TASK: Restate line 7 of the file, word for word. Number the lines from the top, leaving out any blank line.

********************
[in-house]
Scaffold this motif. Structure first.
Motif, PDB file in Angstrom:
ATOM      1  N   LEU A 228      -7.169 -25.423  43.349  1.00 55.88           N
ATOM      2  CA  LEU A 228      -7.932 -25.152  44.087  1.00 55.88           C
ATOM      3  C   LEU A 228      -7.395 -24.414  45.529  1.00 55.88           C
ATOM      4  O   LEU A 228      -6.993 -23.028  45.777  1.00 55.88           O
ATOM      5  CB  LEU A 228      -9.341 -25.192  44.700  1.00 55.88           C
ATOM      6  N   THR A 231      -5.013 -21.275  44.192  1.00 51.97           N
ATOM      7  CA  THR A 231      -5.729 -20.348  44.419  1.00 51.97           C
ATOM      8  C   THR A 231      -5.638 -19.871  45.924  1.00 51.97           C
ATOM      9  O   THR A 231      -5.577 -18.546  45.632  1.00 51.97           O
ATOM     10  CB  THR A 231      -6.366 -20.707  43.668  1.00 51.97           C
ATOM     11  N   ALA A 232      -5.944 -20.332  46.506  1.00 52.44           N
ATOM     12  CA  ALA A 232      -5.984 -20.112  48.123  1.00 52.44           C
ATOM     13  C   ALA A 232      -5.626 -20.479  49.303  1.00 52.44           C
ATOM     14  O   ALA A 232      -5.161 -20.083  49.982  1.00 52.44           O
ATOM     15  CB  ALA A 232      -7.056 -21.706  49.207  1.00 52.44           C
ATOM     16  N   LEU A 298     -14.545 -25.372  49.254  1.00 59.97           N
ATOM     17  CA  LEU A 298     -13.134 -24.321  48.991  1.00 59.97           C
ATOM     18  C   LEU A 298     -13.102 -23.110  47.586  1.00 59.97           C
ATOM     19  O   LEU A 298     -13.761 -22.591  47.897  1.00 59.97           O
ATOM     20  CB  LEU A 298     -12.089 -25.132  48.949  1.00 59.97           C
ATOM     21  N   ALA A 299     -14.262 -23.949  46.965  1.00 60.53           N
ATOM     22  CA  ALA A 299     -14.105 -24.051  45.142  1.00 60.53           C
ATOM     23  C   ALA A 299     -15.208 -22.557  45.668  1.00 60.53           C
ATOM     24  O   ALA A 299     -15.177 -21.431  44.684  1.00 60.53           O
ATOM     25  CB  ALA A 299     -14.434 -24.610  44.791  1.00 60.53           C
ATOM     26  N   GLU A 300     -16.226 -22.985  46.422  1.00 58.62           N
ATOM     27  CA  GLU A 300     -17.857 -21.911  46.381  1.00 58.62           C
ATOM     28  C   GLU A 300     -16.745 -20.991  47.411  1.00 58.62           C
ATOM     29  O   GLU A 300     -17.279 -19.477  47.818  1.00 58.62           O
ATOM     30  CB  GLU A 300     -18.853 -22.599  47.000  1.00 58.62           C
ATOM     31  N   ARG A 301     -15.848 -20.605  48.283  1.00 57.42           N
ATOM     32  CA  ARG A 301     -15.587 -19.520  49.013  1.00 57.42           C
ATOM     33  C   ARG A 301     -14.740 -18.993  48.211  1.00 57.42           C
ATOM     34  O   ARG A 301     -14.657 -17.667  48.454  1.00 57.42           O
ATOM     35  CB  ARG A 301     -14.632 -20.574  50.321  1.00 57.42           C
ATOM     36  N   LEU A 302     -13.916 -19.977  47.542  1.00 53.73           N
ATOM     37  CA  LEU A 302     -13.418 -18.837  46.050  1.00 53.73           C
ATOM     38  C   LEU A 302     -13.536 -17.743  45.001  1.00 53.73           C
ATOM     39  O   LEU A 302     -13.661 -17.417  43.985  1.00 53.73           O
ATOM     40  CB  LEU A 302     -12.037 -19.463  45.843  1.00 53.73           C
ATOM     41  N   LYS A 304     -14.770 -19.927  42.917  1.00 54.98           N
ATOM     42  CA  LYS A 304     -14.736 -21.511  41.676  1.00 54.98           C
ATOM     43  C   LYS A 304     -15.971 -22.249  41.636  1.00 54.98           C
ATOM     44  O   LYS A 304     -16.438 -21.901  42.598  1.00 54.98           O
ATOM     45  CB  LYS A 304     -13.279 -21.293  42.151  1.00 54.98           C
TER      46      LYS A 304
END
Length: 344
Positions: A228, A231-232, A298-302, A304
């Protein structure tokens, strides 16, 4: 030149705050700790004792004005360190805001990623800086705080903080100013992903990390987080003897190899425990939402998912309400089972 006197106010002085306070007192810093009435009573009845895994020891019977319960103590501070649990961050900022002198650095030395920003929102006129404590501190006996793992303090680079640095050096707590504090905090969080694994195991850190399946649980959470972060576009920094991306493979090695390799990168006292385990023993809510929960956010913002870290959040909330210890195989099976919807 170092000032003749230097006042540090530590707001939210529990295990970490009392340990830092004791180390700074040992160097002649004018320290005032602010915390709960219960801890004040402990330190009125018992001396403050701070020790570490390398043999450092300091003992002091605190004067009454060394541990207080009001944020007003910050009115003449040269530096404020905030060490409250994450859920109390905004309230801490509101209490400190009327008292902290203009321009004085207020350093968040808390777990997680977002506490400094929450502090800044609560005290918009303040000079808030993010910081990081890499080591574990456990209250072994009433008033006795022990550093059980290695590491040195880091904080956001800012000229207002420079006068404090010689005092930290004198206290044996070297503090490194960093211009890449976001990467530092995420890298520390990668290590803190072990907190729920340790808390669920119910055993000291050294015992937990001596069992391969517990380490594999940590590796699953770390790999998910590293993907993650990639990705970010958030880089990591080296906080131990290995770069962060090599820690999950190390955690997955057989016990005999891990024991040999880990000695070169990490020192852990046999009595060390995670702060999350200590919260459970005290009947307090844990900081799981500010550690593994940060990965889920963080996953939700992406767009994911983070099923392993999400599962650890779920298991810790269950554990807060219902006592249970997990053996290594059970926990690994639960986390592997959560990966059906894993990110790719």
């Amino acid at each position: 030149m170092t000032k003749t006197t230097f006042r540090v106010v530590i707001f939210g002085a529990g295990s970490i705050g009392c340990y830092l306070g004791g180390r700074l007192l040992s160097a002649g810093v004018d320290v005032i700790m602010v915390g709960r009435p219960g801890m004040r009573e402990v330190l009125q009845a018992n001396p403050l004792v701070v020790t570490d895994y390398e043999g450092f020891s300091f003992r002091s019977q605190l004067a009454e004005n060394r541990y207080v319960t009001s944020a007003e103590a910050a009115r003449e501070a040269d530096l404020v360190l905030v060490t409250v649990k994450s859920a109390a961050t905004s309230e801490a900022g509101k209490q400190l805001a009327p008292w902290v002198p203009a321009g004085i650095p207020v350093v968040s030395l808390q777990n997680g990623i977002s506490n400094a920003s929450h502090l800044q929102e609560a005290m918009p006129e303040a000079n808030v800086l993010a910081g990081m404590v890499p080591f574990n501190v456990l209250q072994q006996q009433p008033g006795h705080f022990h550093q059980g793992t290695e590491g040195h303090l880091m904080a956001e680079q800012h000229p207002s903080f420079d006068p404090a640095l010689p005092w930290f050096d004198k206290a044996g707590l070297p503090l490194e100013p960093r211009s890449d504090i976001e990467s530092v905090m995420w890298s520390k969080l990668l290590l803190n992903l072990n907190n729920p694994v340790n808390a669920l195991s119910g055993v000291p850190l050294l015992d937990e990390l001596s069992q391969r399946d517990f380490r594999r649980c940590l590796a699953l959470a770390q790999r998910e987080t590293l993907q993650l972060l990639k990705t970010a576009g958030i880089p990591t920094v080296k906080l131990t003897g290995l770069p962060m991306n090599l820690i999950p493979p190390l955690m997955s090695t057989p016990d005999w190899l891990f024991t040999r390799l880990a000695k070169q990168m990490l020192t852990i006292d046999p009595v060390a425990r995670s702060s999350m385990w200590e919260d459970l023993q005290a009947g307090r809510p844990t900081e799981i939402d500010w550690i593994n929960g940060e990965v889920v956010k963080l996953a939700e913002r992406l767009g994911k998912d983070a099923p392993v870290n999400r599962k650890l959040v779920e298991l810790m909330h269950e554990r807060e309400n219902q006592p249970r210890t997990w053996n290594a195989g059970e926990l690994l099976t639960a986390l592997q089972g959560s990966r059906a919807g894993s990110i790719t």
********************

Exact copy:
ATOM      4  O   LEU A 228      -6.993 -23.028  45.777  1.00 55.88           O